Quarter after eight.

It’s yet another gray morning in the Northwest. I haven’t thought about Les Miserables for a while. Just to finish reading it would be an accomplishment. But then the book is done and over with. It’s like saying goodbye to it… I’m uninspired and don’t know much today. Yesterday morning I noticed that the school bus was parked in the lot for Valley Restaurant Equipment across from the store. The driver was taking a coffee break. Life goes on for everybody, and yet it’s such an intellectual desert in this community. Maybe that’s why a visit to church is desirable. Somewhere there must be someone with a hungry mind. I feel kind of the way Emerson did before he broke with Christianity and commenced on his own oratory career. He is well known for saying we ought to use our own judgment to determine the truth. Nowadays, hardly anyone does this; we’re like pilot whales following the leader, often to beach ourselves aground. We are discouraged more and more from thinking for ourselves. The emphasis on unity and conformity only guarantees our ignorance, which is not bliss. The world needs another band like Rush to infuse it with curiosity and the precious thing called reason. Without this, we just keep eating cheeseburgers, fattening ourselves for the slaughter of our souls.


Oracle at Delphi

Six o’clock. I feel a lot better now than I did yesterday at this time. Even the very worst feelings are temporary. It doesn’t bother me that music hasn’t worked out so far. I have other activities to keep me happy. I didn’t buy a soda today, but got ice cream instead. Vanilla bean. Aesop was pretty good about letting me take out the trash. Someone’s ideas got under my skin and did some damage for a few weeks. Now I don’t remember whose they were, and right now I’m free from guilt. Opinions are like buttholes: everybody has one. I don’t believe in filtering out every undesired thought that occurs to me. This is unnatural. It is more human to acknowledge every impulse in ourselves. It is more vital. Rational restraint and control over your mind is a conservative thing. Funny how Eve and Pandora, those who released all the evils in the world, were both women. They had a liberal curiosity that men were suspicious of. The kind of man I admire would be someone like Walt Whitman, whose feminine side was as active as his masculine. Dunno; without curiosity, life would be rather boring. If you leave so many avenues of the mind unexplored, how much will you have missed at your deathbed? The wise person is the one who knows himself.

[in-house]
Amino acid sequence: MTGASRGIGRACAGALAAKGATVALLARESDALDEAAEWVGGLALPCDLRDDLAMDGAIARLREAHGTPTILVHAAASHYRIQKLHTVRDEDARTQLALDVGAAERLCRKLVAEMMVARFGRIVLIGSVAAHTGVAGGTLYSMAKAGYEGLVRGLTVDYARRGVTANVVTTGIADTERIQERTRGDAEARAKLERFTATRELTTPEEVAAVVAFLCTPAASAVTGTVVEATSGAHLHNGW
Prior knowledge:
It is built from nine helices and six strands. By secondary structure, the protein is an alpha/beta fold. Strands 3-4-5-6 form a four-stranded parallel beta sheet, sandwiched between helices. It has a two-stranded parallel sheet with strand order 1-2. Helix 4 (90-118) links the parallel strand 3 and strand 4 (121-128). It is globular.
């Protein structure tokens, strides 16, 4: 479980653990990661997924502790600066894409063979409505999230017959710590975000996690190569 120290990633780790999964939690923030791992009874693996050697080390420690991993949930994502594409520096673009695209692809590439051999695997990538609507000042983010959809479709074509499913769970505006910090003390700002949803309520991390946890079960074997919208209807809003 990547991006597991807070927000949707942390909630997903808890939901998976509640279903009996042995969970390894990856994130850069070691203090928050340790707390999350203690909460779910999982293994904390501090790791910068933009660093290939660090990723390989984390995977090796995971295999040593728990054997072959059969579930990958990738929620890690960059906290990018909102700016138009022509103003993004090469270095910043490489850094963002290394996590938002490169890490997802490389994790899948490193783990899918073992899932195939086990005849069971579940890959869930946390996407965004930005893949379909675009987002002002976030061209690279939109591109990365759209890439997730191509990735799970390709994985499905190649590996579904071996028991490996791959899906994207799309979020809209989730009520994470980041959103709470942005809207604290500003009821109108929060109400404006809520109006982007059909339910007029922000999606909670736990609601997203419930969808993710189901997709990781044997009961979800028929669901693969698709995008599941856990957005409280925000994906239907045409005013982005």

Thank You

I can do a little thinking about Unamuno now, although I haven’t finished the book. Basically there’s this concept of “the man of flesh and bone” that suggests to me that religion is more realistic than philosophy. Christianity and the real sociopolitical world are virtually inseparable in the West. The words on the sign outside the Eugene Mission: “Food, Bed, Gospel.” This differs from the Oracle at Delphi: “Know Thyself.” Or the motto of Phi Beta Kappa: “Love of Wisdom, the Guide of Life.” The real world has no use for knowledge and wisdom beyond what is necessary for survival, which Unamuno calls “preservation.” Hence I look around and see my sister’s family moiling and money grubbing, having for a creed the freely available New King James Version. I say this standing in the shoes of Miguel de Unamuno. But when I step out of them, I can think of at least two friends whose attitudes belie survival mode wretchedness, or is the word “misery?” Of course people have curiosity that goes beyond their next cheeseburger. You don’t meet them everywhere or every day, but they do exist. Without them, this blog I started would have expired long ago. It is to them I dedicate this post. Thank you all for three hundred follows!

As If in Answer

Nine o’clock. After hubris comes correction, compensation in a dream of a second kitchen fire. The firefighters happened to be next door and simply moved forward to answer my 911 call. They offered me a ride somewhere in a flimsy white glider as remedy. I argued to my parents that we could live with the smoke damage this time. They disagreed, so we took the glider ride. The dream ended when I was climbing up a latticework, intending to jump off like a cocky acrobat and be caught in a safety net. But this time there was no net… The implication is that God, nature, Lady Luck or what have you has me over a barrel, so it’s better to be thankful for what I have than complain and chafe against it. The force of nature knows best and what is best for me, regardless of how many times people ask me the stupid question of when my house will be ready. And so I accept my lot, as my friends and acquaintances also should do.